I'm studying the next problem what I found in a book.

A stick of length $l$ and mass $M$, initially upright on a frictionless table, starts falling. The problem is to find the speed of the center of mass as a function of the angle $\theta$ from the vertical.

I have analyzed the solution using energy methods, and I understand the problem almost completely, but I still do not understand why the normal force does not exert work.

Part of the solution that I found is below:

enter image description here

The key lies in realizing that because there are no horizontal forces, the center of mass must fall straight down. Since we must find velocity as a function of position, it is natural to apply energy methods.

The sketch shows the stick after it has rotated through angle $\theta$ and the center of mass has fallen distance $y$.

The initial energy is


The kinetic energy at a later time is

$$K=\frac12l_0\dot\theta^2+\frac12M\dot y^2$$

and the corresponding potential energy is

$$U=Mg\left(\frac l2-y\right)$$

Because there are no dissipative forces, mechanical energy is conserved and $K+U=K_0+U_0=Mgl/2$. Hence

$$\frac12M\dot y^2+\frac12l_0\dot\theta^2+Mg\left(\frac12-y\right)=Mg\frac l2$$

We can eliminate $\dot\theta$ by using the constraint equation. The sketch shows that

$$y=\frac l2(1-\cos\theta)$$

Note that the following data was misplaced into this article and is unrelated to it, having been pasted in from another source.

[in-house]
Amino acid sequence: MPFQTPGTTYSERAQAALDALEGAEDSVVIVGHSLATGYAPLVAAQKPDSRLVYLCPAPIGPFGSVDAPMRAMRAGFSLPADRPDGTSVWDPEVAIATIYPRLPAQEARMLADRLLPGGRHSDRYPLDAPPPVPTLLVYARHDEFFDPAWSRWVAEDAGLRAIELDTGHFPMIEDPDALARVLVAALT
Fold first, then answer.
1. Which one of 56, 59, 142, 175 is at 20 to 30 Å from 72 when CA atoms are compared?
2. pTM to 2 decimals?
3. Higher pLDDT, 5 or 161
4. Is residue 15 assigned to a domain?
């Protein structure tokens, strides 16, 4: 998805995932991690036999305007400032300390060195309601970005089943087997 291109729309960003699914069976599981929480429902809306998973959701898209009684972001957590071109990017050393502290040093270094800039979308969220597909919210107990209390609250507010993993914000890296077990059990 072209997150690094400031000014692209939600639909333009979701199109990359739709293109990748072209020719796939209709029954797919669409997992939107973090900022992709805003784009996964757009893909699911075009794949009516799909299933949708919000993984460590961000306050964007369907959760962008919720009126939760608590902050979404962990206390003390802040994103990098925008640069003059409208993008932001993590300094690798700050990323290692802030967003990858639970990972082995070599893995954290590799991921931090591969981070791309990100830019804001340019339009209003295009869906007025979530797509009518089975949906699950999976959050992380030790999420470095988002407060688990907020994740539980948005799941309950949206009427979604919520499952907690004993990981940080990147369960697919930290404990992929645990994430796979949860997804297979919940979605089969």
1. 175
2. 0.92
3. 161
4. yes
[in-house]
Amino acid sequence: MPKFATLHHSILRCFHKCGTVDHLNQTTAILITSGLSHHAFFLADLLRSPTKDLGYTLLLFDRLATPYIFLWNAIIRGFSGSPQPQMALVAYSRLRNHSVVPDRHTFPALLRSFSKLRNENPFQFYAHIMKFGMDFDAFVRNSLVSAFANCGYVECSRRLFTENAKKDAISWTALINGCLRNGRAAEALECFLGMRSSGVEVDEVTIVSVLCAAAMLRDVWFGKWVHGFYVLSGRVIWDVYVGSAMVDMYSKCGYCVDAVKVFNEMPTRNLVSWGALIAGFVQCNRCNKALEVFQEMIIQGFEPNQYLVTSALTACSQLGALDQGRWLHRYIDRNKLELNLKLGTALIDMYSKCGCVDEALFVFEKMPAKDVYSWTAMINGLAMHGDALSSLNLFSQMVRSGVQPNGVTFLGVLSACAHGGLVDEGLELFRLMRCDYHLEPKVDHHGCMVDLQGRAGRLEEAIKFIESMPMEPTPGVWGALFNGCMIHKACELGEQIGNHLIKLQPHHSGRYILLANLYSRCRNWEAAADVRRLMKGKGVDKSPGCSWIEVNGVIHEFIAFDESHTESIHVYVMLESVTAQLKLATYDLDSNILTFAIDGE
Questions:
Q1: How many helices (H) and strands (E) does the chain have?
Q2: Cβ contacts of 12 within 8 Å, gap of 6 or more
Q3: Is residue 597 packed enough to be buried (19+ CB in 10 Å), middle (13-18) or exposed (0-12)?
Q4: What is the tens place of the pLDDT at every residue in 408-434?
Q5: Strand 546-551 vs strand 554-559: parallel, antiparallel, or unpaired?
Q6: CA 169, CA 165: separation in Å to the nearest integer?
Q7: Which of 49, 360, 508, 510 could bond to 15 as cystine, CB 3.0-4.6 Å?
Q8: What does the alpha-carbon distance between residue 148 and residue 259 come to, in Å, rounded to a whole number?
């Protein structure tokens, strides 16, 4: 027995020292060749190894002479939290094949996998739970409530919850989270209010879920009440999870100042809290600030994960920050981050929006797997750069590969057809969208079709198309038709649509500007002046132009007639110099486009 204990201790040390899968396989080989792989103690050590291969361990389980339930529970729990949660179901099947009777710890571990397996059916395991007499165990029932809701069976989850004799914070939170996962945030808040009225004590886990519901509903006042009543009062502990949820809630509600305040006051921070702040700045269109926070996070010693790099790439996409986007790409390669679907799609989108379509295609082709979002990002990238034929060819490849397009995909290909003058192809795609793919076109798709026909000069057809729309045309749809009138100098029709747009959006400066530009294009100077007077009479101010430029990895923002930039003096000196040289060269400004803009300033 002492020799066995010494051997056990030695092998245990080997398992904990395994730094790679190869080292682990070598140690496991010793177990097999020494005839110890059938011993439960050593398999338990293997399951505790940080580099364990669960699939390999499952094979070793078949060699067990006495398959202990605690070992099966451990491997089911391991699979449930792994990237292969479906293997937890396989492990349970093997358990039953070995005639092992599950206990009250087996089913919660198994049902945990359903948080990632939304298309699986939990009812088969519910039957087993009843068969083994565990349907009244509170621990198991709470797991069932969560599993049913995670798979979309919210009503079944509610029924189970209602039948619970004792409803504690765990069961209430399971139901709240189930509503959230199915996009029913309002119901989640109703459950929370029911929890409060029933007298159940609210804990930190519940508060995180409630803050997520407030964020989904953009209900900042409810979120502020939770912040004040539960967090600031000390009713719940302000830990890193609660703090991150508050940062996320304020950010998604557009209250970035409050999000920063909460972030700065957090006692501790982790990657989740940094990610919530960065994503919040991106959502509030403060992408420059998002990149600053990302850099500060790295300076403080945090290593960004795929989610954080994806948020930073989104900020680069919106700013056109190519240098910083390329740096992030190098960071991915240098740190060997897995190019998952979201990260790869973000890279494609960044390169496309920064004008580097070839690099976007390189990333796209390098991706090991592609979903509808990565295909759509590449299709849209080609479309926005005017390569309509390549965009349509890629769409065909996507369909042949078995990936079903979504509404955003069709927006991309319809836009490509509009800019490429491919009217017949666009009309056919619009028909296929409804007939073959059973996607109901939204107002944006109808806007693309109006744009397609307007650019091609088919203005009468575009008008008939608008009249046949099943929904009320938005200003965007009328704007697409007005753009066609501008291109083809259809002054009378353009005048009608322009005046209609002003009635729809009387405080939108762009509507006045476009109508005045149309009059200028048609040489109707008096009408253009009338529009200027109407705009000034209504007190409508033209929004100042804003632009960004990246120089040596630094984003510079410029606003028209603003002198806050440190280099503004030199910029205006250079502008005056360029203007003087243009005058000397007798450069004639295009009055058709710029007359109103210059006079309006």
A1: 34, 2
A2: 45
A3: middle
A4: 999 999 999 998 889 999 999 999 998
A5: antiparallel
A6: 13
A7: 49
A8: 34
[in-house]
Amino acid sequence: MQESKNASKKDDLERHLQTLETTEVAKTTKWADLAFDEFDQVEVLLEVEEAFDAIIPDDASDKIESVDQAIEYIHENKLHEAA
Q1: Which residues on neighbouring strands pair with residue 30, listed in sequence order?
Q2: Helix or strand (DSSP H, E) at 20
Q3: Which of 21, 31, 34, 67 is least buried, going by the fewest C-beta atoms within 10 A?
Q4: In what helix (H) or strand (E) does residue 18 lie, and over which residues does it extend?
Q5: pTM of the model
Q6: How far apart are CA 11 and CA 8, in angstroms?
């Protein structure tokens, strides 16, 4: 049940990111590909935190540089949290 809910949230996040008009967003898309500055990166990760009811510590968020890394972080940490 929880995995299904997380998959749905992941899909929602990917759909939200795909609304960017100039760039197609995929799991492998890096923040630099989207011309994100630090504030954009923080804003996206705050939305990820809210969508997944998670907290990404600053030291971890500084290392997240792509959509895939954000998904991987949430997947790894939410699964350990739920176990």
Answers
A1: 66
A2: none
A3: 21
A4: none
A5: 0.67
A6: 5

$$\dot y=\frac l2\sin\theta\;\dot\theta$$

Question: Why does the normal force not do any work?

  • 5
    $\begingroup$ To close voters, note that this is not asking for a solution to the exercise. It's asking a conceptual question about work done by a force in a specific scenario. $\endgroup$ Commented Aug 9, 2021 at 4:48

2 Answers 2


The bottom of the stick, the part in contact with the table, is moving only horizontally. The normal force is applied vertically to the bottom of the stick. Therefore, the dot product of the velocity of the bottom of the stick and the normal force is 0, so no work is done.

  • $\begingroup$ you have too much reason! $\endgroup$
    – 3435
    Commented Aug 9, 2021 at 4:15
  • $\begingroup$ Say we remove gravity from this problem, and instead make the surface provide a force equal to the opposite of gravity going upwards. Wouldn't the problem in this new reference frame remain unchanged, but the normal force now provide work in the form of torque on the stick? $\endgroup$ Commented Aug 9, 2021 at 16:28

The normal does work to reduce the vertical KE. It does an equal and opposite amount of work to increase the rotational KE. The total work done is zero.


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